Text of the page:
Newsletter: Escapes: Why the spirit of Ireland is both hellacious and hilarious


Eye of newt and toe of frog

Wood of bat and tongue of dog.

Adder’s fork and blind-worm’s sting,


Lizard’s leg and owlet’s wing.

For a charm of powerful trouble.

Like a hell-broth boil and bubble.

It would appear I’m still in the Halloween spirit, but I’m actually looking ahead. This little whimsy from “Macbeth” pretty much describes my Thanksgiving menu, which I’m already starting to fret about, especially because I’m fresh out of lizard’s leg.

It was so much easier when I could go home for Thanksgiving, but about 20 years ago, I finally realized I am home and that my house was the destination, not my mother’s.

My name is Catharine Hamm, and I’m the travel editor for the Los Angeles Times. If I’ve learned anything in the last few years, it’s that tradition, although it shifts, still binds us generation to generation; sometimes its tug is a mere wisp, and sometimes it’s like a roundhouse right to the head.

Whether gentle or jarring, that pull is always there, as our Pulitzer Prize-winning writer reminds us this week in a touching, unsettling, comforting and funny story set in Ireland, where her roots run deep.

Like the writer, I trace my ancestry to the land of leprechauns, so it seems a little disingenuous to chortle about being in love with fictional characters, but from Ireland, we head to London and try to delve into our mysterious attraction to a man who does not exist. Check out the rogues’ gallery of actors who have portrayed him, which date at least to 1899.

If you recognize those early century actors and you’re feeling your age, chins up — all of them — because our Weekend Escape gives you a variation on the way not to feel old. (Hint: Hang around with people or places that are much, much older than you.)

We also want to be helpful in slightly less abstract ways. We’ll give you some sage advice about traveling on the Pacific Surfliner at Thanksgiving, why travel may be just what you need to address your obsession — or is it an addiction? — with your digital devices. You’ll also find an update on the reopening of a beloved Hawaii lodging and a suggestion from a reader who shares thoughts on the next acts that could and perhaps should take Donny and Marie’s place when they leave the Las Vegas stage late next year.

All of this and more as we get ready to change the clocks and regain a little bit of the daylight that somehow slipped away. Not for long but for now, and that always counts for something.

Maternal grit in the Emerald Isle

Mary McNamara, who won a Pulitzer in 2015 for criticism (she was then a TV critic) and was also a Pulitzer finalist in 2013 and 2014, clearly knows how to spin a tale. Pure talent figures into that and maybe her heritage, but whatever the case, you’ll want to read her witty, warm tale of taking her parents’ ashes back to Ireland. Members of her family had reported odd happenings in the castle where they stayed, but she noticed nothing — until the day of the scattering.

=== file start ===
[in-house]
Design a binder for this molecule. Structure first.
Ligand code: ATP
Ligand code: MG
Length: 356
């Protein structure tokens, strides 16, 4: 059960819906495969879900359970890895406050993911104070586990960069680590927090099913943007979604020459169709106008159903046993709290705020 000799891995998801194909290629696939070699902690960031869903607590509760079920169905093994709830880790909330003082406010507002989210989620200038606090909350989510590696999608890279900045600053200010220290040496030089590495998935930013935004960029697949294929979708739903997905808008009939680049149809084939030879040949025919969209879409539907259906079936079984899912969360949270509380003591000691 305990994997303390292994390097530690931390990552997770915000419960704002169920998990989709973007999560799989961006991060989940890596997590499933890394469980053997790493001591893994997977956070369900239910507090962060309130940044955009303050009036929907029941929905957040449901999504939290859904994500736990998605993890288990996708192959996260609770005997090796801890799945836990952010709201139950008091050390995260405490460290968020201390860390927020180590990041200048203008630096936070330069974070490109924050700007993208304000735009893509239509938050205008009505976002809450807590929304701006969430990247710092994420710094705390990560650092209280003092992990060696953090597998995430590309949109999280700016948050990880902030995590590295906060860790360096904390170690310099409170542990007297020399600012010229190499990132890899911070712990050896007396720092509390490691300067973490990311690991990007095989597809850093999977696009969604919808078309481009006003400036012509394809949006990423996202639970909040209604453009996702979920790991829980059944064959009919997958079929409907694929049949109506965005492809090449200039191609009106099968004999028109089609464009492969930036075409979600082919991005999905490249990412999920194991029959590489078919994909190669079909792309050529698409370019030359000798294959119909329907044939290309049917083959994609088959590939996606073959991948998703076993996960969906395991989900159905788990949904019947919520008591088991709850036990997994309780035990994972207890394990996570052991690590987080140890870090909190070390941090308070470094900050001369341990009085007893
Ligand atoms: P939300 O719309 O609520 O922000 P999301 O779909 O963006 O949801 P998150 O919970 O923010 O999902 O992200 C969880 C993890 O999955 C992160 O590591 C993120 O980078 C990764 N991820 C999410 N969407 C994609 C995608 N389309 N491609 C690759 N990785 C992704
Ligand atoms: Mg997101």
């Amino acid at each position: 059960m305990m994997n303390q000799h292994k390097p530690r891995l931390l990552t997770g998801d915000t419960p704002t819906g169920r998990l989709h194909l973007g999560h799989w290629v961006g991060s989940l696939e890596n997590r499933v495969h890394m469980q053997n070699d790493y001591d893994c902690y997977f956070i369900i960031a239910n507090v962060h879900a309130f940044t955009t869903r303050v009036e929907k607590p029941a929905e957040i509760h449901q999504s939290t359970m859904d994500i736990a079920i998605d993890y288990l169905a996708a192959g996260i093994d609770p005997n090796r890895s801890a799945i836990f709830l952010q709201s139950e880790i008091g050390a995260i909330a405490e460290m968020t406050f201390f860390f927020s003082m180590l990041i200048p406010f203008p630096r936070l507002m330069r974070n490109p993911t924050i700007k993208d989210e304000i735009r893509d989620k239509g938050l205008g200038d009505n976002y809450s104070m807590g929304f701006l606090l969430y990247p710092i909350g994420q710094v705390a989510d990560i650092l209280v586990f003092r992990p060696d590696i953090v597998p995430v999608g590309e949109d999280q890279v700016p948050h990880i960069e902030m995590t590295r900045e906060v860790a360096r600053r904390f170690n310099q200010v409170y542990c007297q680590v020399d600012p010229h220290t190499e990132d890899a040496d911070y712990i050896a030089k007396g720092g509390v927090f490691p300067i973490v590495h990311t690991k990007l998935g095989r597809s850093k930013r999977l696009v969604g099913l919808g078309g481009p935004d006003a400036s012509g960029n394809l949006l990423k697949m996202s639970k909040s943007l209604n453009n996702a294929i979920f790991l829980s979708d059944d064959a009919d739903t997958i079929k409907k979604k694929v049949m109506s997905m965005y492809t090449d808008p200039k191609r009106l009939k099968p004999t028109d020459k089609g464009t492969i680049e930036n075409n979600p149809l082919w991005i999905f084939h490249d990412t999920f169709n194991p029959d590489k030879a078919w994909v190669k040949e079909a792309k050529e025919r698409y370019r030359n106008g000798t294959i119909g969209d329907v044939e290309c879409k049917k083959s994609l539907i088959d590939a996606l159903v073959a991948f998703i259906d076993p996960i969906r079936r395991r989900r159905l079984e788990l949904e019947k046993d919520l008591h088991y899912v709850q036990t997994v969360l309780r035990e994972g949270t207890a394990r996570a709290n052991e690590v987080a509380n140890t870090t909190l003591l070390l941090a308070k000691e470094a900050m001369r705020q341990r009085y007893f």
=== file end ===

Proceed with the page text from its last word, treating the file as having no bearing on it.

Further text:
Turin Castle in Kilmaine, County Mayo, Ireland.
(Mary McNamara / Los Angeles Times)

Clueless in London

“Sherlock Holmes was not real.” That’s how many tours begin as they proceed to trace the London haunts of the famous but fictional detective. Author Arthur Conan Doyle tried to make the character seem real, and he did such a great job that tour takers sometimes have to be disabused of the notion that Holmes was a regular walking-around human being. Follow along with Rosemary McClure as she takes us on a tour of the places that reflect the man who made the deerstalker cap his own. You also can test your knowledge of all things Holmes with a quiz.

The toast of the Central Coast?

If there were a contest for the oldest bar in California, Pozo Saloon would have to be in the Top 10. It’s so old that it was part of the mail route for the Pony Express. And that’s just one of the discoveries of Santa Margarita, about 10 miles northeast of San Luis Obispo and just off the 101. Writer Sherry Shahan has been a fan for years, and in a recent Weekend Escape, she writes that this half-square-mile area has enough to see and do — including wine tasting — to bring her and you back again and again.

No train reservation could be a nonstarter

As the holidays get nearer, the train often seems like a pleasant alternative to driving, and it is. But — and this is important — in some cases you’ll need a reservation. Find out which routes require them and how you can be assured of getting a seat.